Therapeutic Agents to Manage Diabetes and their Effect on CVD Outcomes
A research summary of the 3 classes of non-insulin, antidiabetic medications for their efficacy in cardiovascular disease in individuals with type 2 diabetes.
October 2016
Volume 7, Issue 3


The advent of a new class of antihyperglycemic agents offers promising new therapies for the treatment of type 2 diabetes (DM2), with particular attention to cardiovascular (CV) outcomes. This review of current literature will provide a valuable assessment for selection of medications to improve overall management of patients with DM2 who are at heightened risk for CV.

Patients with DM2 are at high risk for microvascular complications as well as macrovascular events. In the past, antidiabetic agents were not required to show CV safety. However, in 2007, a meta-analyses of thiazelinediones showed that rosiglitazone was associated with increased cardiovascular mortality.1 In 2008, the US Food and Drug Administration issued a report requiring that new antidiabetic drugs show CV safety with confirmation that no adverse CV events occur as compared to placebo.2

In this EndoScan, we will discuss the results of published CV trials with dipeptidyl-peptidase IV (DPPIV) inhibitors, glucagon-like receptor agonists (GLP-1RA), and sodium-glucose transporter-2 (SGLT2) inhibitors. 

According to the FDA Guidance for diabetes management, CV safety can be demonstrated in different ways.2 One approved method is a metaanalysis, which requires that the upper limit of a two-sided 95% confidence interval of risk ratio with the drug be less than 1.8. Another method is a premarketing application that presents with no increased risk ratio for the drug as compared to placebo. If the upper bound of the 95% confidence interval of the risk ratio is between 1.3 and 1.8, the drug would be approved but would require a post marketing CV safety trial. However, if the upper bound of the 95% confidence interval is less than 1.3, an additional post marketing CV safety trial would not be necessary.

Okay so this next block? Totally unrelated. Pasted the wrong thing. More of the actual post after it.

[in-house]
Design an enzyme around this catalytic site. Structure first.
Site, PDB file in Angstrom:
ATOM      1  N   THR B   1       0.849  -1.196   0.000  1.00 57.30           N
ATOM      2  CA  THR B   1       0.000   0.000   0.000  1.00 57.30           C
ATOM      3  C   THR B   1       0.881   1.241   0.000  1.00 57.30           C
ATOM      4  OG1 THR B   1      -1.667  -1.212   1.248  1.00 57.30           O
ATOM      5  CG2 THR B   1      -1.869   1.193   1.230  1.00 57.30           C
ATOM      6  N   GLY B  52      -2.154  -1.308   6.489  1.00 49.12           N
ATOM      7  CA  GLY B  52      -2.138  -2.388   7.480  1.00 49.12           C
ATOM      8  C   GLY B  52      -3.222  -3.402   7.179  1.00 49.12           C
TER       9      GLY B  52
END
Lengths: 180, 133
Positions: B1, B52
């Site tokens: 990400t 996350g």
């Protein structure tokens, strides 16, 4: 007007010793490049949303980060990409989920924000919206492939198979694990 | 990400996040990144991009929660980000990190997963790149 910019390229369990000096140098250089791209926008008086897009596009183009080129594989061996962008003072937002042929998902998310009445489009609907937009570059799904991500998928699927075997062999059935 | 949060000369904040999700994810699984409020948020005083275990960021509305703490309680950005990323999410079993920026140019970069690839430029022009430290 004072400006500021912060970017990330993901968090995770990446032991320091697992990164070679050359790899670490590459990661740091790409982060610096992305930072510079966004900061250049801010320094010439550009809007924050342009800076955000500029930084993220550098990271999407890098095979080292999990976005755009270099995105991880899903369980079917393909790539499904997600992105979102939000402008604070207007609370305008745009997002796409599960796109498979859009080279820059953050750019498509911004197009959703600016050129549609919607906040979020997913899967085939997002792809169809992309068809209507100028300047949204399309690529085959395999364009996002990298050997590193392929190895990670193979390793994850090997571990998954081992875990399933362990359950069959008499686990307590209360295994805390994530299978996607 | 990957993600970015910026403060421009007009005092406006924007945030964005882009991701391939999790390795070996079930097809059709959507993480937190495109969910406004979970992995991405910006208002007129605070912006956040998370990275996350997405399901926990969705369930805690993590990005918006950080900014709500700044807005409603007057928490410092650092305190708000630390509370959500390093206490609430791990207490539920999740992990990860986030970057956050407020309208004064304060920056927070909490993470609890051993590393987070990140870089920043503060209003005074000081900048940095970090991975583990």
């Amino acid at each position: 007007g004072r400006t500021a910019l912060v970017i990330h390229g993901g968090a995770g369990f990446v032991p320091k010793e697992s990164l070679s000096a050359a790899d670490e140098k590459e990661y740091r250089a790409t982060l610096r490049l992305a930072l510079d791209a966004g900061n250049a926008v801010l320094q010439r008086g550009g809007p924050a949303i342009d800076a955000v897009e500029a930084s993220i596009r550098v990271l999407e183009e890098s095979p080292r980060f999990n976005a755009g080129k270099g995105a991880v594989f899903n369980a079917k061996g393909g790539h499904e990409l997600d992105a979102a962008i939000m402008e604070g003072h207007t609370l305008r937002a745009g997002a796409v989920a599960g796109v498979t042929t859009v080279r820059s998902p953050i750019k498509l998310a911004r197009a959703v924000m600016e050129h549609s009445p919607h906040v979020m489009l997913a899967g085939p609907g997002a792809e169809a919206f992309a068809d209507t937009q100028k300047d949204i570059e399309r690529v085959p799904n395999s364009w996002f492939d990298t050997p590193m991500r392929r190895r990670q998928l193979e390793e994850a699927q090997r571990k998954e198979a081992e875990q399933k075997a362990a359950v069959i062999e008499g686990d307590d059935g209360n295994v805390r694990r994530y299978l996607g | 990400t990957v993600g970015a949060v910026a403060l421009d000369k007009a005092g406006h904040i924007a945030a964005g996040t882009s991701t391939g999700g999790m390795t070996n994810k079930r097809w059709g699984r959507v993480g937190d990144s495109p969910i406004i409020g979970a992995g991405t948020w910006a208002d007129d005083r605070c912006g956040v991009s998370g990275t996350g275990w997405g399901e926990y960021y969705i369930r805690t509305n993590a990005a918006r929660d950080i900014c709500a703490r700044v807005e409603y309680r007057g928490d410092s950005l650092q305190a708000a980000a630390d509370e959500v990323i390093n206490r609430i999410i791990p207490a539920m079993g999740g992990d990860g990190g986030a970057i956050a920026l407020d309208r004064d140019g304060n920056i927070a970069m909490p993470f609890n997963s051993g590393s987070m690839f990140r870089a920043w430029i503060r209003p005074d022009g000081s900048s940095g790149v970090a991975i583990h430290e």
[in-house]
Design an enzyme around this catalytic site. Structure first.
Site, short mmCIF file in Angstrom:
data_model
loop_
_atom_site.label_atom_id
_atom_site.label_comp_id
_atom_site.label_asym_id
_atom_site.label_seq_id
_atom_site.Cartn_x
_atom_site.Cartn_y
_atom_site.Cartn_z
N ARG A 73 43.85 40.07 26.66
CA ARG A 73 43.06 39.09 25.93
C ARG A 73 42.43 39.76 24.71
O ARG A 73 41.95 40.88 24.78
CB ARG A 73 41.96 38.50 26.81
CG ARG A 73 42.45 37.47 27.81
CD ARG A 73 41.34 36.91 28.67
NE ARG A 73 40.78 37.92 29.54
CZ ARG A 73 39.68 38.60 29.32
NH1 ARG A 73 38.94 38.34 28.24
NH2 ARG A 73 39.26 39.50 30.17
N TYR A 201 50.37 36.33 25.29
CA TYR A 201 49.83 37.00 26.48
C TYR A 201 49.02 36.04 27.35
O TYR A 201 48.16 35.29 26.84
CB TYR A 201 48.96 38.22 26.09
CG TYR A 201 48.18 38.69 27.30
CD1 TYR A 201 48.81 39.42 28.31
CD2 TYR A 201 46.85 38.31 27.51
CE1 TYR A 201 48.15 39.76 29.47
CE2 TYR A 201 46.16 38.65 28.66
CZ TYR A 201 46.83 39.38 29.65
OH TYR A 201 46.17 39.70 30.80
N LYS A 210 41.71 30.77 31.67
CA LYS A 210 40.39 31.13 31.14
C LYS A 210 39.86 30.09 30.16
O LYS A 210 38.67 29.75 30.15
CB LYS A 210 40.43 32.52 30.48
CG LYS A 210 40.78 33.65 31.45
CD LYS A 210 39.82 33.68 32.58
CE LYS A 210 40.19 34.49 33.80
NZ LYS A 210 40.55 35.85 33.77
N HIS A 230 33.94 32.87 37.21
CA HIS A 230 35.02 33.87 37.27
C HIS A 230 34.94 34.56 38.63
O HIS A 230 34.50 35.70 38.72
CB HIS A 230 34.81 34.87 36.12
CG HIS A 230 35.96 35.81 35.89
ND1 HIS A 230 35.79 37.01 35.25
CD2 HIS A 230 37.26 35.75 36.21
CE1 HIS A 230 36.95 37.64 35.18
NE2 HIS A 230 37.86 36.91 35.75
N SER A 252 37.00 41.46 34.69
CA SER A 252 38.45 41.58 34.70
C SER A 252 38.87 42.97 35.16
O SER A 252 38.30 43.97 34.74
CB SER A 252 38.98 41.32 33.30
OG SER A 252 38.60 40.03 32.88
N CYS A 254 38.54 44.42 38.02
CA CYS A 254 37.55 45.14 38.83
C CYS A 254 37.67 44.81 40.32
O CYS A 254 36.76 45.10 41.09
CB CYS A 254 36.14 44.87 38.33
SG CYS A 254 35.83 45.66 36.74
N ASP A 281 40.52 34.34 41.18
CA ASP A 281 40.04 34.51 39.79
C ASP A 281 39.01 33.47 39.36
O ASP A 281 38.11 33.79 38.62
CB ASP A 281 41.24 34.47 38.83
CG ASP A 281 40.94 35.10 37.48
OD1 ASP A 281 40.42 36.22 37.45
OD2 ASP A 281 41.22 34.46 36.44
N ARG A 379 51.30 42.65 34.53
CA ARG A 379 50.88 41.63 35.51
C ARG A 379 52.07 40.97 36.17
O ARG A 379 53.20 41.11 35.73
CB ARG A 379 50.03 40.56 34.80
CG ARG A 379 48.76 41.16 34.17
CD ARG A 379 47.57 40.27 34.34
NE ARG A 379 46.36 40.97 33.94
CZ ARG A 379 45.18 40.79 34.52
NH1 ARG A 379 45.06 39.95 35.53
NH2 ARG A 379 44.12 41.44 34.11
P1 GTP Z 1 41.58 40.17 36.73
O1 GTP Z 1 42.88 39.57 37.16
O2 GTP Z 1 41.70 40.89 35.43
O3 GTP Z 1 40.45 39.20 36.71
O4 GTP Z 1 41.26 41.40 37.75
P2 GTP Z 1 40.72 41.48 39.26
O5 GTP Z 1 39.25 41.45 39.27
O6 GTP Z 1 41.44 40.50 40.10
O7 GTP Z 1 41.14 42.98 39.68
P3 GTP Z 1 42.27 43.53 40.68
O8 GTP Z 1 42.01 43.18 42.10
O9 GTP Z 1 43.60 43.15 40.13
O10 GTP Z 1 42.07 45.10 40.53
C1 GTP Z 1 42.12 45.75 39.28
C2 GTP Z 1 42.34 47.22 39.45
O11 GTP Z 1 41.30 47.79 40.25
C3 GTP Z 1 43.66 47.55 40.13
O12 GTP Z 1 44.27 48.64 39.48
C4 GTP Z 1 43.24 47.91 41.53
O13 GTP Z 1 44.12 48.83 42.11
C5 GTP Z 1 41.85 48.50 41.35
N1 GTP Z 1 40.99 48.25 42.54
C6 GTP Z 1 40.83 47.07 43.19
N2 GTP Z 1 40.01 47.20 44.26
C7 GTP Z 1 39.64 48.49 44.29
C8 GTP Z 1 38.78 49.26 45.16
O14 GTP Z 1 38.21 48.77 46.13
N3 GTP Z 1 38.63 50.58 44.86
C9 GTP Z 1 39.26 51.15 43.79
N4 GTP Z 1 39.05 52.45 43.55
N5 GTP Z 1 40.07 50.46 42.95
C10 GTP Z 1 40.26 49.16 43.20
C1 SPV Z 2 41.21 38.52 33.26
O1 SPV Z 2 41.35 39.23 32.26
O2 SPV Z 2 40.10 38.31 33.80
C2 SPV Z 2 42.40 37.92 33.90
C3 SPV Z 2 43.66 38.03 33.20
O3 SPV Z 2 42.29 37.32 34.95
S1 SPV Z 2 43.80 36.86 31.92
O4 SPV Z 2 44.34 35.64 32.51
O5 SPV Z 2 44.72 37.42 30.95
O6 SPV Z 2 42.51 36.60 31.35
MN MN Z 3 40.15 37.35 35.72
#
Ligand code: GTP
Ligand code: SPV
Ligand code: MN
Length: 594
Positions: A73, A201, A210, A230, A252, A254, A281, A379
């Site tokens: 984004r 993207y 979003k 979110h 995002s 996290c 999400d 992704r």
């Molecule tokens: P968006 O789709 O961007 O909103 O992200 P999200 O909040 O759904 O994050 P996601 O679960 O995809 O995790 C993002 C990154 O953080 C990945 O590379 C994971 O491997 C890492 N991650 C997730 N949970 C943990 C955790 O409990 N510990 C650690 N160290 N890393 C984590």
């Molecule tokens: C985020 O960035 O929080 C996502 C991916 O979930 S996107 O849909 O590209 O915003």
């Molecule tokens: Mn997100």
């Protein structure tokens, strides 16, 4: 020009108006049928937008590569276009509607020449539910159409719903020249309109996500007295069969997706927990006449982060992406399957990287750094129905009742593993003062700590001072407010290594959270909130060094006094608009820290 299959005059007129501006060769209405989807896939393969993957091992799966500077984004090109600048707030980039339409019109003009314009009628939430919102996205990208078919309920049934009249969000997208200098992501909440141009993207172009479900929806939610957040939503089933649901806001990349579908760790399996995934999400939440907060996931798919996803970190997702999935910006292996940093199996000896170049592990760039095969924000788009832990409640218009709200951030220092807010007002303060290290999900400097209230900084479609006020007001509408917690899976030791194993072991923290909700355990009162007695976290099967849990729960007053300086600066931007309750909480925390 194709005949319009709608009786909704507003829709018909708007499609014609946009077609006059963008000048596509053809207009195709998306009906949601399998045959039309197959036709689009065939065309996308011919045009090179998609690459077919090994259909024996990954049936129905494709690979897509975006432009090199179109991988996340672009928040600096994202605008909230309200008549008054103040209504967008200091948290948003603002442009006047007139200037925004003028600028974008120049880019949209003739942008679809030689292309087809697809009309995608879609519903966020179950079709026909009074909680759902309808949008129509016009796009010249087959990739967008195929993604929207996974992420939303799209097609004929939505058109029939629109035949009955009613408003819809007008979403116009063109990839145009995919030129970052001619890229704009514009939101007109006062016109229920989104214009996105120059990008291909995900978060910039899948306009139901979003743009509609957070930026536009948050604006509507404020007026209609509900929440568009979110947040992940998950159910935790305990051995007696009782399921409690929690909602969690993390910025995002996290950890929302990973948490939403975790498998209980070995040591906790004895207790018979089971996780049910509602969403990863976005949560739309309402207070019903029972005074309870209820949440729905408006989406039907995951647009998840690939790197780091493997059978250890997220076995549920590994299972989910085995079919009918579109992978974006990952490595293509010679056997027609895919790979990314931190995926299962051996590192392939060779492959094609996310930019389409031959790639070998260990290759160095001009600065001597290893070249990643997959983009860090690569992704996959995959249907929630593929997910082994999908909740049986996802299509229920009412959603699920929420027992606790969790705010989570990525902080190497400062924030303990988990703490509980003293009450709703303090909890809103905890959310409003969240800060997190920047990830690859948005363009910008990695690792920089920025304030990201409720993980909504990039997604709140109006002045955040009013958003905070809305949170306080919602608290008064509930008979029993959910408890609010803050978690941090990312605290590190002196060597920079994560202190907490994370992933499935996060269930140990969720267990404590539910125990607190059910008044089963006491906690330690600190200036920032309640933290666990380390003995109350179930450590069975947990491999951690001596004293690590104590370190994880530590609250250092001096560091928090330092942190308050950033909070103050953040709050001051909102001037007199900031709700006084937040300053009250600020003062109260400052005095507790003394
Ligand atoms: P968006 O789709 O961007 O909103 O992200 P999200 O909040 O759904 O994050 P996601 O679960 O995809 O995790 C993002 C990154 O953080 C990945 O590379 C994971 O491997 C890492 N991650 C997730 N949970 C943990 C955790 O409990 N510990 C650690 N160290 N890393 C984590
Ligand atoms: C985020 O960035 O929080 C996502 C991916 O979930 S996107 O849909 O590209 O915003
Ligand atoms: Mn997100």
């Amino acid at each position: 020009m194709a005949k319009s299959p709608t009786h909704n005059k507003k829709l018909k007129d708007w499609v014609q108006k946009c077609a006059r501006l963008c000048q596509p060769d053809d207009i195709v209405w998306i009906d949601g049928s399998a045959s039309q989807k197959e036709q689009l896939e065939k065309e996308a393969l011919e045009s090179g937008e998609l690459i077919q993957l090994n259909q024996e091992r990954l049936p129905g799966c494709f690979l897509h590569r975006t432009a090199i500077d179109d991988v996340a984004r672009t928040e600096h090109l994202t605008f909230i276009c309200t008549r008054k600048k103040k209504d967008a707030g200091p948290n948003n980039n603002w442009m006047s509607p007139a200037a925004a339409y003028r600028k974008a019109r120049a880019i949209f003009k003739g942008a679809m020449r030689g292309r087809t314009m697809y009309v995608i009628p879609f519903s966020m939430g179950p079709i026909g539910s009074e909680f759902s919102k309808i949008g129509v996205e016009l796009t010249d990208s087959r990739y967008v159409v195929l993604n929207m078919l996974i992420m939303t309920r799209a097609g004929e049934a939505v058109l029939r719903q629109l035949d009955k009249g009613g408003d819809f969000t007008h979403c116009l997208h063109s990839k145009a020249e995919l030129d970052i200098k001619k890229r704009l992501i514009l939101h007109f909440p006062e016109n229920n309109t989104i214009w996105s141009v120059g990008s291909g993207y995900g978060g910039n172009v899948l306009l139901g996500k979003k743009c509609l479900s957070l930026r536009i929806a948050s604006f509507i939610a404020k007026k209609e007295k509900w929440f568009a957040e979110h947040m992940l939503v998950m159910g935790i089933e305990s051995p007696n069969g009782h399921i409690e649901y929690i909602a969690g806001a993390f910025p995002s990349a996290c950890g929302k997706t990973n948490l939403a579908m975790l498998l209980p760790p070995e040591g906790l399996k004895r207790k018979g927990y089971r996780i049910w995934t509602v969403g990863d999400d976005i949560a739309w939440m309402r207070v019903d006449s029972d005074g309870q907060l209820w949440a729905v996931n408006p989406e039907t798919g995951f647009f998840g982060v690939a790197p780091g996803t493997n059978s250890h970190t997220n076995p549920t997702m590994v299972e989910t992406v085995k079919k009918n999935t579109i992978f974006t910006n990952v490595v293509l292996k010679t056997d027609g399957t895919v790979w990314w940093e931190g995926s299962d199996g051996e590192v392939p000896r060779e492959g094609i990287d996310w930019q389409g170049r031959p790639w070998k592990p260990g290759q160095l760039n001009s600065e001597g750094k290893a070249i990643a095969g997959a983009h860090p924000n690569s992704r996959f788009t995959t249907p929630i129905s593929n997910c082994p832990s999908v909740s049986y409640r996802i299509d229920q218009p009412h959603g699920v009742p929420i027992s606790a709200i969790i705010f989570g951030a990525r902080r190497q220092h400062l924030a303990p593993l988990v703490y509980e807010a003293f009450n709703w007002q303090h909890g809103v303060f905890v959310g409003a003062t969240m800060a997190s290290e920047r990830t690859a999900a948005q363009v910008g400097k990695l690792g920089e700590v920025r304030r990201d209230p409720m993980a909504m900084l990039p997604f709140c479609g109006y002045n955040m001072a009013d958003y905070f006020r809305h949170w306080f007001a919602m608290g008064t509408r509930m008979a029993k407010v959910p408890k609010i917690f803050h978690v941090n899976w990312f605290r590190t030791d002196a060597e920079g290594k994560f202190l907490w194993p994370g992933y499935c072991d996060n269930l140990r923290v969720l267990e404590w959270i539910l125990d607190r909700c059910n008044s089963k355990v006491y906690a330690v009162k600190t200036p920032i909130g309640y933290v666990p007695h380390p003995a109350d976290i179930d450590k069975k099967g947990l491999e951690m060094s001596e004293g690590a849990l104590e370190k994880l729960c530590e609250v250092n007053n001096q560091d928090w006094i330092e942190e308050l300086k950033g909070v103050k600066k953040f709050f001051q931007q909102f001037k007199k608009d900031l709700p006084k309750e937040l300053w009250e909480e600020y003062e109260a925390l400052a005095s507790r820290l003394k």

In order to conform to these requirements, several large CV trials have been conducted for the newer antidiabetic medications, which will be discussed in the accompanying research overviews.

The main design of these CV trials has been randomized, double-blinded and powered for non-inferiority of the antidiabetic medications in comparison to placebo for the incidence of CV events. Cardiovascular events have been defined by looking at either 3 or 4 major adverse cardiovascular events (MACE), including mortality, myocardial infarction, stroke with acute coronary syndrome, need for revascularization procedures, and endpoints, such as hospitalization for heart failure. 

In summary, the DPPIV inhibitors did not raise the risk of MACE with the exception of saxagliptin, which revealed an increased risk of hospitalizations for heart failure. The published trials with GLP-1RAs, except lixisenatide, and the only published trial with an SGLT2 inhibitor (EMPA-REG), showed decreased risk for MACE.  


1. Nissen SE, Wolski K. Effect of rosiglitazone on the risk of myocardial infarction and death from cardiovascular causes. New Engl J Med. 2007;356(24):2457-2471.

2. Federal Register. Food and Drug Administration Notice on 12/19/2008.  Guidance for Industry on Diabetes Mellitus-Evaluating Cardiovascular Risk in New Antidiabetic Therapies to Treat Type 2 Diabetes; Availability at Accessed September 14, 2016.

First Article:
Cardiovascular Outcomes of GLP-1 Receptor Agonist Therapies
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